Shelters across the country are feeling the consequences of the popular yet negative images that some dog breeds are suffering under. These breeds, from the pit bull to the bull mastiff and even the bulldog, are often overlooked for adopted and unfairly euthanized because of the stigma that has been attached to them. In spite of the fact that the pit bull was once America's dog, many now find themselves in dire circumstances because of an image that has been nurtured by pop culture and a small percentage of the population.
Some of the reasons for the tag of bully breeds include the dogfighting culture and the media hype that has gone along with it. Many -- if not all -- of the stereotypes associated with bully breeds just aren't true. The next time someone brings up one of these arguments against the safety of owning a dog commonly thought of as a bully breed, counter with some of these facts.
Myth: Bully breeds are not good around children, families, strangers or other pets because of their aggressive tendencies.
Fact: So-called bully breeds have not been found to bite more than other breeds of dogs; when they do bite, however, the media storm associated with these types of incidents is way higher than those surrounding, for example, a golden retriever who bites. While goldens are generally viewed as sociable family pets, they can essentially get away with more because of their image. Just as a neglected and abused golden can snap at a child, a well-trained and well-socialized pit bull can be an excellent family pet. In fact, according to the American Temperament Test Society, which tests a number of individual dogs in each breed for different aspects of temperament, a beagle, a golden retriever and a greyhound are all more likely to act aggressively toward strangers than a pit bull.
Myth: Bully breeds bite without warning.
Fact: There is always a warning when any dog is about to bite. Whether it's a pit bull or a poodle, dogs typically display very distinct types of behavior before they resort to turning aggressive. This includes growl, a flattening of the ears and widening eyes. A person's inability to recognize these signs should never be mistaken for an unprovoked attack.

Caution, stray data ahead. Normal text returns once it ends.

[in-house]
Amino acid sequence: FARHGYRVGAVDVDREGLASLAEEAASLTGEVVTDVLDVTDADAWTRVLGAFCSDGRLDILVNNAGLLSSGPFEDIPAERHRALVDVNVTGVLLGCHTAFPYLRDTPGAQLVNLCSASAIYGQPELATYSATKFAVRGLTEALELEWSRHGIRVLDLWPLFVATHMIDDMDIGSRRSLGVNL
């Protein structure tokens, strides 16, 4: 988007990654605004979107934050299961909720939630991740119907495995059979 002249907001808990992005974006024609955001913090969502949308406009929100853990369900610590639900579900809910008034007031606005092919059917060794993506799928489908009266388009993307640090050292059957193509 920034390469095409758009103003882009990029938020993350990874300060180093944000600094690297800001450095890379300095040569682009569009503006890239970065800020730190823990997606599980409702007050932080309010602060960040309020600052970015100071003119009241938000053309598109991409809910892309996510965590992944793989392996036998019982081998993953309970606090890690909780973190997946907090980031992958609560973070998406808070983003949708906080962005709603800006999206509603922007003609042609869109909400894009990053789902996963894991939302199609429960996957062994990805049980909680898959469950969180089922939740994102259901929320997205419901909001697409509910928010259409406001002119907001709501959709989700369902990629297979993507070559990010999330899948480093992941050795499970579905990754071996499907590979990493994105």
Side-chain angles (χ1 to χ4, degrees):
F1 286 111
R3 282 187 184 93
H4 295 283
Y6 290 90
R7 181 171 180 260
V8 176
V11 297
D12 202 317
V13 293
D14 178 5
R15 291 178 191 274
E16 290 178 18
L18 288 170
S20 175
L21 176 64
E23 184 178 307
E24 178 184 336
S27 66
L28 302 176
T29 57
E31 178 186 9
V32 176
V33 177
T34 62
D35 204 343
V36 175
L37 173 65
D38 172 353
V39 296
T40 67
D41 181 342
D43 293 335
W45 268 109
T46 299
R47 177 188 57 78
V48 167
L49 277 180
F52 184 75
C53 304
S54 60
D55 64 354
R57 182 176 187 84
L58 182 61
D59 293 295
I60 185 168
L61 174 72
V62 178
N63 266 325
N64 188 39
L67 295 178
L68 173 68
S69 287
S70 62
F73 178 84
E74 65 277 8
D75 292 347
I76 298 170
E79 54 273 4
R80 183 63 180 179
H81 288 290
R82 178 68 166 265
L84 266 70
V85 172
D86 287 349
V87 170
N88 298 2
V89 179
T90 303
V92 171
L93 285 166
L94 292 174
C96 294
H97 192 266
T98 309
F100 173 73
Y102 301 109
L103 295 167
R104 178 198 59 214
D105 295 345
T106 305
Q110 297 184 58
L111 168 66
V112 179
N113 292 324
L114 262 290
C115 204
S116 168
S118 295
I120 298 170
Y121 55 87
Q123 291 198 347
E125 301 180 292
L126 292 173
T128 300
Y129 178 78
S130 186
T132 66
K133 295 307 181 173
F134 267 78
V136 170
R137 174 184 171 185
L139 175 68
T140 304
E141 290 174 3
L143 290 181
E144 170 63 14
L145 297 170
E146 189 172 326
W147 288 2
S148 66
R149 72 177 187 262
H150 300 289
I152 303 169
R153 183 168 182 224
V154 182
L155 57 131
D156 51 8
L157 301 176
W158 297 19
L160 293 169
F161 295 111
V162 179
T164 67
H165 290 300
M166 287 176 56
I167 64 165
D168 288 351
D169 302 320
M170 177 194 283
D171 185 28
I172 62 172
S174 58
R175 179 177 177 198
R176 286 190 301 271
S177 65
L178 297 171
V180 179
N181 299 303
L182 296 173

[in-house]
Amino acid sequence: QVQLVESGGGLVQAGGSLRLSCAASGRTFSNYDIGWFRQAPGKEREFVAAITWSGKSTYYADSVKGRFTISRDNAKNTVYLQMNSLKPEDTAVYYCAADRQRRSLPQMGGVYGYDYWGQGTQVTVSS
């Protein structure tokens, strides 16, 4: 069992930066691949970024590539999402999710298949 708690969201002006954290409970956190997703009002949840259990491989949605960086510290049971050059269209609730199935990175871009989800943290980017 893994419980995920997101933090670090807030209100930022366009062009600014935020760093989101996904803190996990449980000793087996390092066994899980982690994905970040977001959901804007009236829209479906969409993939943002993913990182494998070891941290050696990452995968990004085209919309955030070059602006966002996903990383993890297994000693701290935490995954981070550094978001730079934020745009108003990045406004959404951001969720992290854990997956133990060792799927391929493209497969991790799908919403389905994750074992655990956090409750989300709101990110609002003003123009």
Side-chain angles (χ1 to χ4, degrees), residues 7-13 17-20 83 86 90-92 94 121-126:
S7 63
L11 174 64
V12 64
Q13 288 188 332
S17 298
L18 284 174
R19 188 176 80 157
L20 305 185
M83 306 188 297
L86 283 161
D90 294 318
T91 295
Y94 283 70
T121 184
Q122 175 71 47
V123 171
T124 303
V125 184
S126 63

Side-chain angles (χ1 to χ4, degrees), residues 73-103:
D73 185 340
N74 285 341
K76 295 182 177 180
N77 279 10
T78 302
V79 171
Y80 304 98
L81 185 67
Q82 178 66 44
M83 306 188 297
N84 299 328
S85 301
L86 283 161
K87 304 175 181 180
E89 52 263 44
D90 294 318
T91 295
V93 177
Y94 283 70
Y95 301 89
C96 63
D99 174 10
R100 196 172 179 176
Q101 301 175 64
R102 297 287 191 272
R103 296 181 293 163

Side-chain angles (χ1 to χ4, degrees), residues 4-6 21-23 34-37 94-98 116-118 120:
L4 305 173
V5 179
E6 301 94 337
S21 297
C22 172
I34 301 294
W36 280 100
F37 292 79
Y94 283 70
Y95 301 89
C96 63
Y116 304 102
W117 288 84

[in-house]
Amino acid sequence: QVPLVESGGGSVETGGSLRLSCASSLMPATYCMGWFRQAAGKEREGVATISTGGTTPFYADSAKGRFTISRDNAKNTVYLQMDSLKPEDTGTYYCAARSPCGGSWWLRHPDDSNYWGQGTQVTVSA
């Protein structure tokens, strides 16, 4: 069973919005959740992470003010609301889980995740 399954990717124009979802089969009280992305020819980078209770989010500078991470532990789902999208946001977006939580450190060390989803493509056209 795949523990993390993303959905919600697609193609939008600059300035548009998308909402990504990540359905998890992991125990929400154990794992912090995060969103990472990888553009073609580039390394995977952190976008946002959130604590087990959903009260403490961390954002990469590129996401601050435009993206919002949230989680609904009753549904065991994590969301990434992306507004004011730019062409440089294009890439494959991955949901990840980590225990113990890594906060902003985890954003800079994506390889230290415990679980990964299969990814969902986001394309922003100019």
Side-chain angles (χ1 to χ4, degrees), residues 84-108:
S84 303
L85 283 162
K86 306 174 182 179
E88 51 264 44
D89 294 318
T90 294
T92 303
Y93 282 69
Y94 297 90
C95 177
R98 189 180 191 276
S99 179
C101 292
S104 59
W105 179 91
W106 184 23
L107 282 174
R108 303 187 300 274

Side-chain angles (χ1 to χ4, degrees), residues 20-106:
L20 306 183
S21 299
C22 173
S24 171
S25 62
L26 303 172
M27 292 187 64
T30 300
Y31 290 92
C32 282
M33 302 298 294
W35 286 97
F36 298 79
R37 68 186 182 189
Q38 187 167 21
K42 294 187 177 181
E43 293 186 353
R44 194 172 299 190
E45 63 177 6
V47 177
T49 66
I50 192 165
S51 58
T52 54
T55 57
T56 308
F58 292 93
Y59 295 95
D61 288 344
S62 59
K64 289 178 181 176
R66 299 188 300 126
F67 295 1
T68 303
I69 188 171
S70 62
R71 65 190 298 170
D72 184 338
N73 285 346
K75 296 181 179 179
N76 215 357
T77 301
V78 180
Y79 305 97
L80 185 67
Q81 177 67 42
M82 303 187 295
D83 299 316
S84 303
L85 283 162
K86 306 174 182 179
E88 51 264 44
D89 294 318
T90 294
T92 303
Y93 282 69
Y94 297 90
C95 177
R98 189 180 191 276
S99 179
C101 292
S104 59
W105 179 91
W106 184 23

Myth: The jaws of a pit bull will lock, making it nearly impossible to disengage the dog once they bite.
Fact: This one has been disproved by science a number of times. There is no dog that has a locking jaw, and many do have the scissor-type bite that pit bulls are often singled out as having. Contrary to rumor that a pit bull can bite with up to 1600 pounds of jaw pressure, studies by National Geographic place the number at closer to 320 pounds. That's typical for most dogs, with one notable exception that proved to have a slightly higher bite pressure. The dog? A German shepherd. Compare this to humans, who have about 120 pounds of jaw pressure when biting.
Myth: Perhaps the most heartbreaking of the myths surrounding bully breeds is that it is never safe to adopt one from a shelter, because genetics and history can be largely unknown.
Fact: Most shelters will put any dog through a series of personality tests, whether they are a bully breed or not. This will help determine the dog's temperament, and ensure they are placed in a home where they will have a lifetime of success. This includes measuring the dog's responses to everything from cats and other dogs to chaotic situations, loud noises and even out-of-the-ordinary objects like wheelchairs. If anything, bully breeds can undergo even more extensive testing because of the image they bring with them.
Myth: Similar to the myth that it isn't safe to adopt a bully breed from a shelter is the one that the only safe way to get a dog from a known bully breed is to adopt a puppy.
Fact: Contrary not only to the myth but to the popular saying about not being able to teach an old dog new tricks, it is entirely possible to get an adult dog, bypass the puppy stages of housebreaking, and get a trusted, loving family companion. Any dog that has been neglected or abused may need some TLC to get him to come out of his shells, and bully breeds are no different.
Many bully breeds used to be trusted companions. In fact, the pit bull was once known as America's Babysitter, because of their tolerance for children and their gentle way of keeping them out of trouble. Hopefully, with a combination of education and tolerance, we will be able to restore these powerful, elegant dogs to their rightful place as loved and loving companions.